Calculating the Group of Death, After the World Cup

The hype before a World Cup generally kicks off about 6 months before the actual tournament, once the draw is announced. Teams find out their groups and begin to strategize for the big event. One popular talking point after the draw is the “group of death.” Such a group is a result of simply too many good teams in the world, and usually one group getting screwed over because they have two world class teams as opposed to the usual one. The idea behind the group of death has been around since the 1958 World Cup, in which there was a group that consisted of Brazil, England, Soviet Union, and Austria, and was deemed as the battle of the giants. The Mexican press coined the term in 1970 as a result of Group 3, which featured Brazil, England, Romania, and Czechoslovakia.

This past World Cup, there was some debate as to which group was the outright group of death. Many journalists hailed Group G as the group of death because it contained world giants Brazil and Portugal, and the best African nation, Ivory Coast. But what heavily brought down the group was its fourth member, North Korea, which was making its first World Cup appearance since 1966. Others, including myself, believed that Group D was the real group of death since it held Germany (the clear leader of the pack) and three other very solid teams (Ghana, Australia, Serbia). Group A was no easy task either because Uruguay, Mexico and France were all supposed to be solid, and South Africa was the host (before this World Cup, the host nation made it out of their group every time).

Once the World Cup is over, the official tournament team rankings are published. These are rather black and white since the rankings are based off how well the teams did in the tourney, and things such as points, goals scored, and goals allowed are used as clear-cut tie breakers. WC 2010’s rankings can be found at Because we now have this data, one can calculate the so called “group of death” once the World Cup is over. The calculations are simple: you just add up the rankings of each group’s teams and the group with the lowest value is the toughest, and the group with the highest value is the easiest. Here’s what you get:

#1 – Group D (Germany, Ghana, Australia, Serbia): 3 + 7 + 21 + 23 = 54 (Group of Death)

#2 – Group H (Spain, Chile, Switzerland, Honduras): 1 + 10 + 19 + 30 = 60

#3 – Group A (Uruguay, Mexico, South Africa, France): 4 + 18 + 20 + 29 = 61

#4 – Group B (Argentina, South Korea, Greece, Nigeria): 5 + 15 + 25 + 27 = 63

#5 – Group E (Netherlands, Japan, Denmark, Cameroon): 2 + 9 + 24 + 31 = 66

#6 – Group G (Brazil, Portugal, Ivory Coast, North Korea): 6 + 11 + 17 + 32 = 66

#7 – Group C (USA, England, Slovenia, Algeria): 12 + 13 + 18 + 28 = 71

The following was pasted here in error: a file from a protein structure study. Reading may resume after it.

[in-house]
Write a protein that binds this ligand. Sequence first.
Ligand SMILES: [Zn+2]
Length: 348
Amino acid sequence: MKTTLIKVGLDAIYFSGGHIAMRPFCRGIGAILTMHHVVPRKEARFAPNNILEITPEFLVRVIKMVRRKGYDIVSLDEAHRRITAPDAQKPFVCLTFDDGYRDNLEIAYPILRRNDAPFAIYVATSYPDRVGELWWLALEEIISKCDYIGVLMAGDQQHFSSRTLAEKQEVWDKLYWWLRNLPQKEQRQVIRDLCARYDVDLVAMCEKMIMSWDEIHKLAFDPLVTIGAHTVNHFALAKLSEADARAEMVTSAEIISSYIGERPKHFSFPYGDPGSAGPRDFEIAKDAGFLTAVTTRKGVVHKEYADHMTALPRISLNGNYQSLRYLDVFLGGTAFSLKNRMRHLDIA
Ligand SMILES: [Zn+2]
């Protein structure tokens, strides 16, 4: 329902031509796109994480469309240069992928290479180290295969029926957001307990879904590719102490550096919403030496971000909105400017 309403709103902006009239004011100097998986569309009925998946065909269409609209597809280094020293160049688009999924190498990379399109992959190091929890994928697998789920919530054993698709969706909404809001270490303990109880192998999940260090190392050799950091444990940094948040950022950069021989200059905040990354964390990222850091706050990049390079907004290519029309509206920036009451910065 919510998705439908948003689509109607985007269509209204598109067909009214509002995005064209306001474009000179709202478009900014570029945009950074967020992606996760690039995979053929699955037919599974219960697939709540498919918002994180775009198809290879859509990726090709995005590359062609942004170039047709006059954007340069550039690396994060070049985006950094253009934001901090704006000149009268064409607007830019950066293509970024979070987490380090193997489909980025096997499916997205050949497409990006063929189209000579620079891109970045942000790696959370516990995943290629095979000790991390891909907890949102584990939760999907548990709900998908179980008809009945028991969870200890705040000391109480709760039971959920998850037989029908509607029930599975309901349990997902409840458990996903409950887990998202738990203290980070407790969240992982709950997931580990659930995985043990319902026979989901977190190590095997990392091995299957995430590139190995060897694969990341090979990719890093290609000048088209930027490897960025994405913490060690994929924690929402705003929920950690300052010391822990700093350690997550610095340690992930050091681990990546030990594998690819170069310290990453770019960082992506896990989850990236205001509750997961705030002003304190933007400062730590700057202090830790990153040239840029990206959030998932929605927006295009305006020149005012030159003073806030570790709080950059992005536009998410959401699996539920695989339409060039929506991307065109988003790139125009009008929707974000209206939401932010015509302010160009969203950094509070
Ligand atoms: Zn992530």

#8 – Group F (Paraguay, Slovakia, New Zealand, Italy) : 8 + 16 + 22 + 26 = 72 (“Group of Life”…. F must stand for fail)

After conducting the calculations, I thought that the list looked more or less correct. And it looks like I was right… Group D was the hardest group. At first it may seem to be natural to divide each number by the number of teams in each group (4), but because each group has the same amount of teams, it wouldn’t make a difference to do this. Some interesting things that can be seen here was that Group G fell a lot as a result of North Korea’s poor showing. Also, the groups that didn’t have anyone making it to the quarter-finals were the two worst: Group C and Group F. Also, this list confirms that the US had a rather easy group and that Group F was in fact the easiest (and Italy somehow didn’t get out…).

Obviously you can make some legitimate arguments for why this calculation wasn’t “proper” and that it doesn’t tell you the “real” group of death. But what this calculation does tell you is the toughest group of the tournament based off of how they did in the competition. And usually (and I guess obviously) the better teams do better in the World Cup, which is why you can make the case for the group whose teams did the best, the actual group of death. Also if you have the urge you can play around with the numbers even more and find each group’s average ranking in the tournament and you can also find each group’s “easiness’ with respect to each team by using a team’s ranking as the index (something like that…haven’t really thought it through all the way).

If you’re interested in reading about other ways of calculating the group of death, check this out.



Filed under "Academic", WorldCup

2 responses to “Calculating the Group of Death, After the World Cup

  1. Jon

    Didnt realize til just now that the US was the only team to win their group and not make the quarters… Disappointment is setting in again

  2. Pingback: Well Struck: Jack Warner’s Noose, Thomas Hobbes’ Favorite Side & the Real Group of Death | Must Read Soccer

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